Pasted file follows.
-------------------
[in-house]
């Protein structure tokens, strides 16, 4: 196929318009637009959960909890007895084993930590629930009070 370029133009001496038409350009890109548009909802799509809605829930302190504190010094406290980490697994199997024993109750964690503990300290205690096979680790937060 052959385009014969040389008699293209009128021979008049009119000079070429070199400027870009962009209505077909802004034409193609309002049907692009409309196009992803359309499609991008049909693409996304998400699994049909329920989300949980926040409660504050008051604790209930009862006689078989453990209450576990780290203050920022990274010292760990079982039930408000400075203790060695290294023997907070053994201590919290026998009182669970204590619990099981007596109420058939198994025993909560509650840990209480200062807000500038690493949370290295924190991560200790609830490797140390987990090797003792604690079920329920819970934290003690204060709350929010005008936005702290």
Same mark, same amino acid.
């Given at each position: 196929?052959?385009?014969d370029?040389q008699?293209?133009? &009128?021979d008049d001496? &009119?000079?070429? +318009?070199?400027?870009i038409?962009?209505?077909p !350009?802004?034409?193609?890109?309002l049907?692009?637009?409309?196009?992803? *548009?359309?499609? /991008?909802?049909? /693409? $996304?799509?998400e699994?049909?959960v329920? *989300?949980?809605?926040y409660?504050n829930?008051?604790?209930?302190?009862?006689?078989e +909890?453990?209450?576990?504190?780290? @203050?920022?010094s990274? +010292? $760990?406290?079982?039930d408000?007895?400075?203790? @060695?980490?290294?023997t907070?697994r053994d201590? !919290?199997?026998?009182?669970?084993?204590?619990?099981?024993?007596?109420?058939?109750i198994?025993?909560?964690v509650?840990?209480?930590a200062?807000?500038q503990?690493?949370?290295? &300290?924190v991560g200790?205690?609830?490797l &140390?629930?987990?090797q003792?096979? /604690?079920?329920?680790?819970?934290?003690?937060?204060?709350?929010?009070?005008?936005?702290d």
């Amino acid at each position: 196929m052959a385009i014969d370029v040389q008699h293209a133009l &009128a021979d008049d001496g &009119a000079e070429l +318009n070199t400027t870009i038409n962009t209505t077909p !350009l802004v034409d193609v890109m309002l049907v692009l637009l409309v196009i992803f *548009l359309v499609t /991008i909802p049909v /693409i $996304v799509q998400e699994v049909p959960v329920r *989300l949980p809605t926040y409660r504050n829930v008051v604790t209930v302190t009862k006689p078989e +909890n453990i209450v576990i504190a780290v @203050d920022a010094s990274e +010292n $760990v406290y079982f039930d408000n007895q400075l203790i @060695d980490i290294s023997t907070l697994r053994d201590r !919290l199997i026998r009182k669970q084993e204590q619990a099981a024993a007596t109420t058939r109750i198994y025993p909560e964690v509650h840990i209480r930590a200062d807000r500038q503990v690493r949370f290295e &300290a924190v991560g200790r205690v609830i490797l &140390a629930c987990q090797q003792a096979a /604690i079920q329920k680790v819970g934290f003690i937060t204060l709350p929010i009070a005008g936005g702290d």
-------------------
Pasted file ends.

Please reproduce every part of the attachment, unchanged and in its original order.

[in-house]
């Protein structure tokens, strides 16, 4: 196929318009637009959960909890007895084993930590629930009070 370029133009001496038409350009890109548009909802799509809605829930302190504190010094406290980490697994199997024993109750964690503990300290205690096979680790937060 052959385009014969040389008699293209009128021979008049009119000079070429070199400027870009962009209505077909802004034409193609309002049907692009409309196009992803359309499609991008049909693409996304998400699994049909329920989300949980926040409660504050008051604790209930009862006689078989453990209450576990780290203050920022990274010292760990079982039930408000400075203790060695290294023997907070053994201590919290026998009182669970204590619990099981007596109420058939198994025993909560509650840990209480200062807000500038690493949370290295924190991560200790609830490797140390987990090797003792604690079920329920819970934290003690204060709350929010005008936005702290």
Same mark, same amino acid.
């Given at each position: 196929?052959?385009?014969d370029?040389q008699?293209?133009? &009128?021979d008049d001496? &009119?000079?070429? +318009?070199?400027?870009i038409?962009?209505?077909p !350009?802004?034409?193609?890109?309002l049907?692009?637009?409309?196009?992803? *548009?359309?499609? /991008?909802?049909? /693409? $996304?799509?998400e699994?049909?959960v329920? *989300?949980?809605?926040y409660?504050n829930?008051?604790?209930?302190?009862?006689?078989e +909890?453990?209450?576990?504190?780290? @203050?920022?010094s990274? +010292? $760990?406290?079982?039930d408000?007895?400075?203790? @060695?980490?290294?023997t907070?697994r053994d201590? !919290?199997?026998?009182?669970?084993?204590?619990?099981?024993?007596?109420?058939?109750i198994?025993?909560?964690v509650?840990?209480?930590a200062?807000?500038q503990?690493?949370?290295? &300290?924190v991560g200790?205690?609830?490797l &140390?629930?987990?090797q003792?096979? /604690?079920?329920?680790?819970?934290?003690?937060?204060?709350?929010?009070?005008?936005?702290d």
């Amino acid at each position: 196929m052959a385009i014969d370029v040389q008699h293209a133009l &009128a021979d008049d001496g &009119a000079e070429l +318009n070199t400027t870009i038409n962009t209505t077909p !350009l802004v034409d193609v890109m309002l049907v692009l637009l409309v196009i992803f *548009l359309v499609t /991008i909802p049909v /693409i $996304v799509q998400e699994v049909p959960v329920r *989300l949980p809605t926040y409660r504050n829930v008051v604790t209930v302190t009862k006689p078989e +909890n453990i209450v576990i504190a780290v @203050d920022a010094s990274e +010292n $760990v406290y079982f039930d408000n007895q400075l203790i @060695d980490i290294s023997t907070l697994r053994d201590r !919290l199997i026998r009182k669970q084993e204590q619990a099981a024993a007596t109420t058939r109750i198994y025993p909560e964690v509650h840990i209480r930590a200062d807000r500038q503990v690493r949370f290295e &300290a924190v991560g200790r205690v609830i490797l &140390a629930c987990q090797q003792a096979a /604690i079920q329920k680790v819970g934290f003690i937060t204060l709350p929010i009070a005008g936005g702290d």